Carpenter Explores Benefits of Spray Foaming Roof Rafters

Originally published by: RealEstateFebruary 21, 2019

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Q. I have an attic that was just remediated for vermiculite insulation. It is wide open. A company said I should insulate the roof rafters instead of the joists (the floor) and board up the ridge and gable vents. I have never heard of this. I have a new air-conditioning unit, so maybe it won’t be as hot in the summer this way (heat rises), but heating the attic doesn’t sound very economical in the long run. Please advise.

A. I just did this same thing on a project; I used spray foam insulation on the rafters and left the floor uninsulated. There are several benefits to doing this.

Adding insulation to the rafters and gable walls will hinder the transfer of heat between the living quarters of your home and the attic.

In the winter, heat rises and passes into the attic through the ceiling by conduction or radiation, or through direct air leaks. If your attic is not insulated at the rafters, that heat is lost and ice dams could form. Lost heat also causes your furnace to run longer.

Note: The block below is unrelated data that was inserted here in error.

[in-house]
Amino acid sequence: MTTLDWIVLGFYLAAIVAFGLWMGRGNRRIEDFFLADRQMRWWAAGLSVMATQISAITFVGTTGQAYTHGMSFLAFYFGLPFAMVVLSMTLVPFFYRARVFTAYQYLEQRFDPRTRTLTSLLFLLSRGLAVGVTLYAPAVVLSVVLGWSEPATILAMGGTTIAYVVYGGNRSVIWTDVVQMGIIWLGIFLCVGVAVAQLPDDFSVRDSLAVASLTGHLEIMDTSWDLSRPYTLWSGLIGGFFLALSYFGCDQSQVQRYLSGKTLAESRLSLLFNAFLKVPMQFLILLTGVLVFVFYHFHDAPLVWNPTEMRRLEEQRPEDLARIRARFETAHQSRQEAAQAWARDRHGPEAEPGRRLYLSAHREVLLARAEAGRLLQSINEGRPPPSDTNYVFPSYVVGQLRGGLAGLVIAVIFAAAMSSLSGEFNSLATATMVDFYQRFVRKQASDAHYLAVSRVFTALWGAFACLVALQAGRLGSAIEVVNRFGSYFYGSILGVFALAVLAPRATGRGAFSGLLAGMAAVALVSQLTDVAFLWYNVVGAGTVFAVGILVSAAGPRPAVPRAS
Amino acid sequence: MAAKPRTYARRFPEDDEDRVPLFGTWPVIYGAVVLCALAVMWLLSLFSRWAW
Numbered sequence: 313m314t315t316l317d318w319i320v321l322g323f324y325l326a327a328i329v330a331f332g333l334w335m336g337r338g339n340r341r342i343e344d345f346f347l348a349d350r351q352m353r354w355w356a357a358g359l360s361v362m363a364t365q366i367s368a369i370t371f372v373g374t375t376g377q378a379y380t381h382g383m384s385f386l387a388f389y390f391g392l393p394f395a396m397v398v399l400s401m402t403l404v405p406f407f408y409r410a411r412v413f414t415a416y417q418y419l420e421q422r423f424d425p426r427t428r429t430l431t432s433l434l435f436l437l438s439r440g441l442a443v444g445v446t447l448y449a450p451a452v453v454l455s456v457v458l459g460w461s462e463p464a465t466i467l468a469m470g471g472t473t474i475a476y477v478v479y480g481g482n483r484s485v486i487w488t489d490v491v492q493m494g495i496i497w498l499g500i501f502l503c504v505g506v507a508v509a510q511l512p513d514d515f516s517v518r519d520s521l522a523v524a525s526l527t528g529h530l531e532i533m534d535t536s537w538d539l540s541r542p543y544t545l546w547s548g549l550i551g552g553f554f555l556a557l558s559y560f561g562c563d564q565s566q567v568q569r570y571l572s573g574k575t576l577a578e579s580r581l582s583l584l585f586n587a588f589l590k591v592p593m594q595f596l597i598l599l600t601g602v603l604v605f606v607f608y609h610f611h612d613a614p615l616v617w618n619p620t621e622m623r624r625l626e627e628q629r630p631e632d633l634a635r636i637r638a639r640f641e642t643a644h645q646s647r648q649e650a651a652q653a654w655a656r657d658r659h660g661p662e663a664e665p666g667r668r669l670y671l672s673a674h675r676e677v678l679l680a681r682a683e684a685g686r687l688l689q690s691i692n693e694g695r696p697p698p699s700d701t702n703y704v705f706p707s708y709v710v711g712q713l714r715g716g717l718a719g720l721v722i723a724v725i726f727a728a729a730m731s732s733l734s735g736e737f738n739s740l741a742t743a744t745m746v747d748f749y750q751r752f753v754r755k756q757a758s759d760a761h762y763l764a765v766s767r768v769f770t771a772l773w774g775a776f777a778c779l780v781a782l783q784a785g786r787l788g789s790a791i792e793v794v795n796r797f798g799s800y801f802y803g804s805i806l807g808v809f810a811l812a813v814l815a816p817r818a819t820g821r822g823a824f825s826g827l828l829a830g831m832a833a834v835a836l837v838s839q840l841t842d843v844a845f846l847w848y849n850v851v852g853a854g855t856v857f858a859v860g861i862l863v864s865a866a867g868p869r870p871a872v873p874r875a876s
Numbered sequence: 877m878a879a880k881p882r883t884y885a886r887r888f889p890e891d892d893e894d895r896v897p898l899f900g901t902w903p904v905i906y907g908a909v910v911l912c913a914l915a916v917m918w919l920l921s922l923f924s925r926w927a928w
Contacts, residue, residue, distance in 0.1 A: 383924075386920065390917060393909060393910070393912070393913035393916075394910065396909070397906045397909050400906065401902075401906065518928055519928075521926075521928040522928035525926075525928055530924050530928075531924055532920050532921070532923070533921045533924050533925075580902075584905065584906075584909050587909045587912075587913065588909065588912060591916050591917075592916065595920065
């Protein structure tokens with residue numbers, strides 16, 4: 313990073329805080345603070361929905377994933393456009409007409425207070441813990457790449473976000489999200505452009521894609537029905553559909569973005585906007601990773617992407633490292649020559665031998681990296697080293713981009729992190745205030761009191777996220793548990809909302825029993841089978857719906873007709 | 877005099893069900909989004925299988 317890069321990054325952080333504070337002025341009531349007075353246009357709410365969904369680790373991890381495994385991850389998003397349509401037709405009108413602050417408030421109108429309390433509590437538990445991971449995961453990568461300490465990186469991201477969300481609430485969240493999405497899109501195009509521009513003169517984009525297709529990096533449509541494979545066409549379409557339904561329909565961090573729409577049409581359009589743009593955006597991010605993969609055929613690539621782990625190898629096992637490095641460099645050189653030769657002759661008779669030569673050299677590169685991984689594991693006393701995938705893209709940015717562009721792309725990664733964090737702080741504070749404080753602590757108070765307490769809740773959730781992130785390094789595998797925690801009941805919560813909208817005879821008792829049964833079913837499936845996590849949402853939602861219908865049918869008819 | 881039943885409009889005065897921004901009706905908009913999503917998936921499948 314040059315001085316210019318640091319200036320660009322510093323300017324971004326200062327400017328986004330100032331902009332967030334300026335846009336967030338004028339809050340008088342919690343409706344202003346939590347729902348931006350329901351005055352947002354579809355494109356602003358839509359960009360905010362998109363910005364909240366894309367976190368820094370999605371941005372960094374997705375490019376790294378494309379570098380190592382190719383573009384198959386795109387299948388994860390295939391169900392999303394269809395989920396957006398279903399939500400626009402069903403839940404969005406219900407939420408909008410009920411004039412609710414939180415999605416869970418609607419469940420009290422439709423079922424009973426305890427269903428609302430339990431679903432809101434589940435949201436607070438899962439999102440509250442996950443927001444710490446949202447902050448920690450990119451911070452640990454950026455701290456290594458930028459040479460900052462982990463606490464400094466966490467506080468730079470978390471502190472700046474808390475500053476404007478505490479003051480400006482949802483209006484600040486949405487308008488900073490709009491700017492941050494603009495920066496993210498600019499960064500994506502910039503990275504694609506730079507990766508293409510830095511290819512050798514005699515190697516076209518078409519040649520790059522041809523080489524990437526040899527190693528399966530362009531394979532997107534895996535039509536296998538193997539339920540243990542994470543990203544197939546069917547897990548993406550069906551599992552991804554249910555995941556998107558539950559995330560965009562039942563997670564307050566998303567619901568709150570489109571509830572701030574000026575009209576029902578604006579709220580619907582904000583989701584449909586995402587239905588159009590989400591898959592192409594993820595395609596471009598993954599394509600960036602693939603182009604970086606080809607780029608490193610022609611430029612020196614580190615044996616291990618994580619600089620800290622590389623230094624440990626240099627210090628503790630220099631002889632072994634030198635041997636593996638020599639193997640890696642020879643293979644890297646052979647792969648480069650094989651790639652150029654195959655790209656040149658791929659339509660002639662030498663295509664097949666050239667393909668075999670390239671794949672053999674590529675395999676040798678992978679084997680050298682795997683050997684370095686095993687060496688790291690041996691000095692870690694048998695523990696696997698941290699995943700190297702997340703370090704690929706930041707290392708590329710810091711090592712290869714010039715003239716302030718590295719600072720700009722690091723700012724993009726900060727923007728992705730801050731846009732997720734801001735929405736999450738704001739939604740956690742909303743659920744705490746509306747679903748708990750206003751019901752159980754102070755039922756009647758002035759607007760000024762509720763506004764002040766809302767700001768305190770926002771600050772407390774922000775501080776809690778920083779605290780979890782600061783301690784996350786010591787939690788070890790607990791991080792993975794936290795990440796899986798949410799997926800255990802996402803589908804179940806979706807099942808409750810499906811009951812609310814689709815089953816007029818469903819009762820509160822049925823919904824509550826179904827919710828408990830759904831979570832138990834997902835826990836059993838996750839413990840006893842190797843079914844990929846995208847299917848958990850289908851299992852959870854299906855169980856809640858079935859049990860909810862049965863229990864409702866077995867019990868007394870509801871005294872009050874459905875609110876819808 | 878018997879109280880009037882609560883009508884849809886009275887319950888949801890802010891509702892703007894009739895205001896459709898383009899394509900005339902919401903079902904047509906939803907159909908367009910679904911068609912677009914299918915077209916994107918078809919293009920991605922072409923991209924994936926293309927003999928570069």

In summer, a hot attic will radiate heat into the rooms below, making your air-conditioning run longer or cycle more often, causing more wear and tear on the unit.

Spray-foam insulation overhead in the rafters creates a conditioned attic space, while insulation in the floor system creates an unconditioned attic area.

If you have an HVAC unit or ductwork in the attic, then those are exposed to both temperature extremes. In the summer, hot ductwork takes away cool air inside the piping. In the winter, cold ductwork takes away from the warm air inside, and you run the risk of frozen pipes.

You won’t be wasting heat by not insulating the floor. If you are still concerned, use spray-foam insulation on the rafters and Fiberglas insulation on the floor to separate your home and attic heating zones.